You don’t often think that your keyboard plays such a significant part in your daily computer usage. Whilst people get excited about graphics cards and surround sound, it is too easy to overlook the really important things, like the mouse and keyboard that provides all your input.

The Sandberg offering gives you a wireless mouse and keyboard, all centred around a central USB cradle that acts as the wireless hub, whilst also doubling as a neat charger for the mouse. Batteries are included in the box for both the keyboard and the mouse, which, obviously, takes the rechargeables.

Unfortunately it is not a direct plug and play set, so you’ll have to install the software, which requires a restart and dumps a couple of icons in your system tray. One of these is a control to customise multimedia keys scattered around the periphery of the keyboard. The second icon was the mouse options, which actually took on an existing mouse installation, so it is worth uninstalling any existing mice.

The keyboard offers a full QWERTY layout, with number pad on the side and function keys across the top as you’d expect to find. Around the edges of the keyboard you’ll find multimedia keys that are programmable, and provide access to your everyday functions, like browser, email, favourites, search, media player controls, volume, calculator (very useful), my computer and standby. However, on the programming section there were controls available for two buttons that didn’t appear on the keyboard, much to our confusion.

The keys themselves are fairly soft, so you don’t get that efficient secretarial clatter as you type, although this doesn’t bar you from being able to type at higher speeds. The keyboard itself is flat and straight, which means you have to keep your hands higher to reach all the keys with your fingers, bringing more strain into the hands than with a more ergonomic design.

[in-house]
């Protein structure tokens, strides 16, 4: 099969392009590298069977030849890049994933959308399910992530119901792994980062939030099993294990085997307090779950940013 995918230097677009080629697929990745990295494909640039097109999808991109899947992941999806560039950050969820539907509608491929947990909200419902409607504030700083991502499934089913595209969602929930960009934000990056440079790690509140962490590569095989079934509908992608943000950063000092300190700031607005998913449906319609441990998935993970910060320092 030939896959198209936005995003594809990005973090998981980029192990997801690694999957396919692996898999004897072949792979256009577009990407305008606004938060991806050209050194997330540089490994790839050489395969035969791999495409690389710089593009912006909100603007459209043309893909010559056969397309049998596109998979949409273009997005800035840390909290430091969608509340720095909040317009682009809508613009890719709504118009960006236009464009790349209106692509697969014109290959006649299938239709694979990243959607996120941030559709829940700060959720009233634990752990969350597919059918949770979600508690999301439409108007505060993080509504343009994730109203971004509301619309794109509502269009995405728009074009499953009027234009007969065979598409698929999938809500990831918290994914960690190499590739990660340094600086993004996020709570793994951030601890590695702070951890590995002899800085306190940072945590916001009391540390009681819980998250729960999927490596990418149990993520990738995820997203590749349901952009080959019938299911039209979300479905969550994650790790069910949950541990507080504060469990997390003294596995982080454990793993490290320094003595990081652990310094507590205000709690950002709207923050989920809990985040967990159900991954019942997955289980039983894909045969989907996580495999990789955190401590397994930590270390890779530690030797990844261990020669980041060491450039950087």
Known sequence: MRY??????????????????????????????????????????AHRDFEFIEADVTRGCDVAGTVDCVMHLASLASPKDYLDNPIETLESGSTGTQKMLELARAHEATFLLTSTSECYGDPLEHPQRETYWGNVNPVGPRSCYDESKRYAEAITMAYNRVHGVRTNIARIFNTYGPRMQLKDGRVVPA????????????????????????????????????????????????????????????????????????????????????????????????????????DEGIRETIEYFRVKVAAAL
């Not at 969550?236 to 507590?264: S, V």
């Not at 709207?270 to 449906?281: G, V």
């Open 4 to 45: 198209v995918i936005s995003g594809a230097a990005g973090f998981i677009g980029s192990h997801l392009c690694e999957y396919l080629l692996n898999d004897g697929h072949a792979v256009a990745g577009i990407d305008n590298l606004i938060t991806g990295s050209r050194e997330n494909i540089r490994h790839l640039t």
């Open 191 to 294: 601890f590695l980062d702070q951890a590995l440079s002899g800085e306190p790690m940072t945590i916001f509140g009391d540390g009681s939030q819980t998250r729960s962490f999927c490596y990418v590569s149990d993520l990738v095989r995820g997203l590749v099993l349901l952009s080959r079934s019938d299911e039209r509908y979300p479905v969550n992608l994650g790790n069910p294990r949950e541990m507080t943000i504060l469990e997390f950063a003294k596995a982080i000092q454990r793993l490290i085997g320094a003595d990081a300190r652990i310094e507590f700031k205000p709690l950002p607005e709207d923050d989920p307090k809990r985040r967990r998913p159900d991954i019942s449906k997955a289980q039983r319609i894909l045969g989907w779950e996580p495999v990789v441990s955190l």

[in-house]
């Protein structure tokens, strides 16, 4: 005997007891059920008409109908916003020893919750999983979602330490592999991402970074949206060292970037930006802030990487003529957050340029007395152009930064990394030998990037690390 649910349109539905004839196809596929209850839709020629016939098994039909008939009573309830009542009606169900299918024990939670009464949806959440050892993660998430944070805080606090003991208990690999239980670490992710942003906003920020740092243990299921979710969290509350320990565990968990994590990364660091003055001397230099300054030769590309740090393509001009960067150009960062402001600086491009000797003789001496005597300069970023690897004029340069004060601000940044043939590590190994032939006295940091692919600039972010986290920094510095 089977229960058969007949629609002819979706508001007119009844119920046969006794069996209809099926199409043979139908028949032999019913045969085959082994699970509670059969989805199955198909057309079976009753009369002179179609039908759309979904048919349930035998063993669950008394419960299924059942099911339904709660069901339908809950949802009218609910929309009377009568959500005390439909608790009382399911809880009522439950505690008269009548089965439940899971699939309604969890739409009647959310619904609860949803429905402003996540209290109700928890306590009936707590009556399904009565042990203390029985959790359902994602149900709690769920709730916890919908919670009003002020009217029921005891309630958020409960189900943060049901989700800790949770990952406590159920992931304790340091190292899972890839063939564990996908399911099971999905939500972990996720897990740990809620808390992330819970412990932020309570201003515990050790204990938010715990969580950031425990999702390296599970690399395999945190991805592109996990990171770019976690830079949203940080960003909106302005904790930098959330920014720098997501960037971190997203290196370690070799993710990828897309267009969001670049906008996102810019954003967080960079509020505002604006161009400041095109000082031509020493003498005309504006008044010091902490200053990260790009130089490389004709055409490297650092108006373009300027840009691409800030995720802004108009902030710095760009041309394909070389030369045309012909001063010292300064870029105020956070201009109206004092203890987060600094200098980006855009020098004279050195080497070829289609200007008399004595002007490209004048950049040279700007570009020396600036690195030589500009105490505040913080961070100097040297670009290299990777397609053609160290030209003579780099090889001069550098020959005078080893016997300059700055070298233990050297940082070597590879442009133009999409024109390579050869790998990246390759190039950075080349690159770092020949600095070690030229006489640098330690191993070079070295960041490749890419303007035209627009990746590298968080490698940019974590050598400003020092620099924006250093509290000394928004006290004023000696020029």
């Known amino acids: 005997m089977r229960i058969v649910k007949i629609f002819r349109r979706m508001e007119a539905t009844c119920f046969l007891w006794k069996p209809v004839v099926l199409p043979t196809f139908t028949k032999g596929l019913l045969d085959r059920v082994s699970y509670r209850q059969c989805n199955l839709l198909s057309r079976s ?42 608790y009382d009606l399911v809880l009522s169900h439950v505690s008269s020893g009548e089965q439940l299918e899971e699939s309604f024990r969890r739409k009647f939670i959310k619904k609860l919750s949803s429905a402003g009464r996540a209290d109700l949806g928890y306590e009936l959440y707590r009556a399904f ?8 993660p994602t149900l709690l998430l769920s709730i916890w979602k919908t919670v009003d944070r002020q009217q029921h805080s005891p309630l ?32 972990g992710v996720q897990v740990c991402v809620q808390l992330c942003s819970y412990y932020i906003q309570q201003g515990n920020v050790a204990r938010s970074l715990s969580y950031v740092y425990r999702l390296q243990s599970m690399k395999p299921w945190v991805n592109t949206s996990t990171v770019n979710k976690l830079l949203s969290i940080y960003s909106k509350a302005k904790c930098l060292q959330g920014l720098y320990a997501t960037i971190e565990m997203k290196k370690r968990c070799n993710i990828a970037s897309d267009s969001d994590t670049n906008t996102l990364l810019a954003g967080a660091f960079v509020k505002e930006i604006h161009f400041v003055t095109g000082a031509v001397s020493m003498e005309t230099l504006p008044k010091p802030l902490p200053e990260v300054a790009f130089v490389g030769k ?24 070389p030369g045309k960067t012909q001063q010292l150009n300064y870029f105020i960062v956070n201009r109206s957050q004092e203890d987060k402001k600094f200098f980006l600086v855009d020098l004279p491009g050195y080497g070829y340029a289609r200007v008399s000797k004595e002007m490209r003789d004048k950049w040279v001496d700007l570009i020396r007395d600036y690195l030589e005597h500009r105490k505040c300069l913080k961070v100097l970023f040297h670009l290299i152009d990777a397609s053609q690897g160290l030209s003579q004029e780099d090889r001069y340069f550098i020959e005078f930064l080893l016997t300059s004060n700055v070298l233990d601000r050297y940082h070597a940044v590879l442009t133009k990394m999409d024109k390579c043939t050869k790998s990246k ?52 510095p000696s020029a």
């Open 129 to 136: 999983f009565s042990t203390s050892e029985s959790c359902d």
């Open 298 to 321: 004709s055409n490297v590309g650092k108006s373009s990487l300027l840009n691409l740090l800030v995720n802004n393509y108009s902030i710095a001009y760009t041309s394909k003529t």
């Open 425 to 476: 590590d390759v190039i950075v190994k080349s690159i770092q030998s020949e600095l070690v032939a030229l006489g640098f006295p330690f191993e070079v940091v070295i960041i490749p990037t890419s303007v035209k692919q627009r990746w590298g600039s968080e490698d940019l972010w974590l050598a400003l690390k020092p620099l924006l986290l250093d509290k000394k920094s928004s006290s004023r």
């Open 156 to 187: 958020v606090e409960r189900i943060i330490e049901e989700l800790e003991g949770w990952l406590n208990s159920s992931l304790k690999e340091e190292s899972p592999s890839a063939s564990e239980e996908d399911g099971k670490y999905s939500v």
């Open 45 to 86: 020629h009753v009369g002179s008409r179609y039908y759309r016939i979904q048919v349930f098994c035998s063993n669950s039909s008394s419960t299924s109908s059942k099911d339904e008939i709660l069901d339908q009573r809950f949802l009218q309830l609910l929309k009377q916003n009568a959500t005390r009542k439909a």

Across the front of the keyboard is a sort of rubberised palm rest which has a tactile feel to it, whereas the rest of the keyboard is smooth. On the underside you’ll find two small feet, which will raise the back of the keyboard by approx 15mm, exacerbating the problems caused by being flat, meaning your hands need to be even higher and fatigue increases, so we found it better to not use these legs.

The mouse, however, was no end of trouble. It is very lightweight, so you don’t get a convincing feeling as you move it around. There are the standard left and right buttons and the central clickable scroll wheel. The scroll wheel is sluggish and doesn’t spin as smoothly as some others. On the left, where you would place the thumb of your right hand, are two smaller buttons set as forward and backwards by default. As these buttons appear together on one side, it is less convenient for left-handers, who will have shift their grip and grope around for these controls.

The mouse sits in the cradle to charge, which is a tidy solution, and to preserve battery life the mouse will go to sleep when not being used. You tap a button to re-awake it, which is efficient on battery life. It is worth considering that because it is rechargeable, if you use a notebook that powers down the USBs when it shuts down, then your mouse will no longer be charging.

You also have to push the mouse firmly into the cradle to get it to charge, otherwise it will just sit there and you’ll get frustrated when the battery dies. There is a red LED to indicate that the mouse is charging, but we found it barely illuminated. The cradle also suffers from flashing light syndrome – every movement of the mouse or tap on the keyboard is reflected in a flicking from a green LED. When nothing is happening, it just flashes.


Keyboard sets of this type are fairly common and at this price point there are many offerings, including from the likes of Microsoft and Logitech, which offer a better design to increase comfort and reduce strain on your hands whilst typing, unless, of course, you are looking for a relatively flat key set. It is liveable, a better solution than a reduce-sized notebook keypad, so would perhaps appeal to that user demographic.

The recharging mouse is a nice touch, but the mouse lacks the quality feel you want. The flashing light on the cradle will also drive you to distraction. During the course of this review, we stuck with the keyboard, but had to revert back to our regular mouse and that neatly summarises our opinion on the Sandberg Wireless Keyboard Set.